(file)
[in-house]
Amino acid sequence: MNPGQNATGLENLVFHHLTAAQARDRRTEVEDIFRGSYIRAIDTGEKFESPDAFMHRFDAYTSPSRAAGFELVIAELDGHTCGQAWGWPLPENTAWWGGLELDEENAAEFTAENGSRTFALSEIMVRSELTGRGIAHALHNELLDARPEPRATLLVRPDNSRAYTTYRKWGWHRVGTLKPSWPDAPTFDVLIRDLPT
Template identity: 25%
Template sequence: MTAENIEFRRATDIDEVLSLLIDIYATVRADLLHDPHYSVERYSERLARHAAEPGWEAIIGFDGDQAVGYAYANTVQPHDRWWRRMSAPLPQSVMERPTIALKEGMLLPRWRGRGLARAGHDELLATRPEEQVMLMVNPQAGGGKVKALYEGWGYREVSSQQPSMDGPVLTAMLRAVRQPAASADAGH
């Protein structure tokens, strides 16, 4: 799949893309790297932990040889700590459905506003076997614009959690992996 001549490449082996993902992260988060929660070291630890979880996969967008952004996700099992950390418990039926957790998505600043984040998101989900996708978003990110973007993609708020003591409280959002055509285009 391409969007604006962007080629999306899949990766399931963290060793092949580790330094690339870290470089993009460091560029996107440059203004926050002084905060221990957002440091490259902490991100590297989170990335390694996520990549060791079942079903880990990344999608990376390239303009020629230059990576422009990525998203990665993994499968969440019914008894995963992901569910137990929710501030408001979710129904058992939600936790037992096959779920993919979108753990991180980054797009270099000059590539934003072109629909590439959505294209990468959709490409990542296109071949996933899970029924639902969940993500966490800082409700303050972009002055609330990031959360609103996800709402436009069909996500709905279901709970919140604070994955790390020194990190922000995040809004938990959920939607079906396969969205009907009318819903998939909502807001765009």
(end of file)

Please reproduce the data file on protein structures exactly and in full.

[in-house]
Amino acid sequence: MNPGQNATGLENLVFHHLTAAQARDRRTEVEDIFRGSYIRAIDTGEKFESPDAFMHRFDAYTSPSRAAGFELVIAELDGHTCGQAWGWPLPENTAWWGGLELDEENAAEFTAENGSRTFALSEIMVRSELTGRGIAHALHNELLDARPEPRATLLVRPDNSRAYTTYRKWGWHRVGTLKPSWPDAPTFDVLIRDLPT
Template identity: 25%
Template sequence: MTAENIEFRRATDIDEVLSLLIDIYATVRADLLHDPHYSVERYSERLARHAAEPGWEAIIGFDGDQAVGYAYANTVQPHDRWWRRMSAPLPQSVMERPTIALKEGMLLPRWRGRGLARAGHDELLATRPEEQVMLMVNPQAGGGKVKALYEGWGYREVSSQQPSMDGPVLTAMLRAVRQPAASADAGH
């Protein structure tokens, strides 16, 4: 799949893309790297932990040889700590459905506003076997614009959690992996 001549490449082996993902992260988060929660070291630890979880996969967008952004996700099992950390418990039926957790998505600043984040998101989900996708978003990110973007993609708020003591409280959002055509285009 391409969007604006962007080629999306899949990766399931963290060793092949580790330094690339870290470089993009460091560029996107440059203004926050002084905060221990957002440091490259902490991100590297989170990335390694996520990549060791079942079903880990990344999608990376390239303009020629230059990576422009990525998203990665993994499968969440019914008894995963992901569910137990929710501030408001979710129904058992939600936790037992096959779920993919979108753990991180980054797009270099000059590539934003072109629909590439959505294209990468959709490409990542296109071949996933899970029924639902969940993500966490800082409700303050972009002055609330990031959360609103996800709402436009069909996500709905279901709970919140604070994955790390020194990190922000995040809004938990959920939607079906396969969205009907009318819903998939909502807001765009």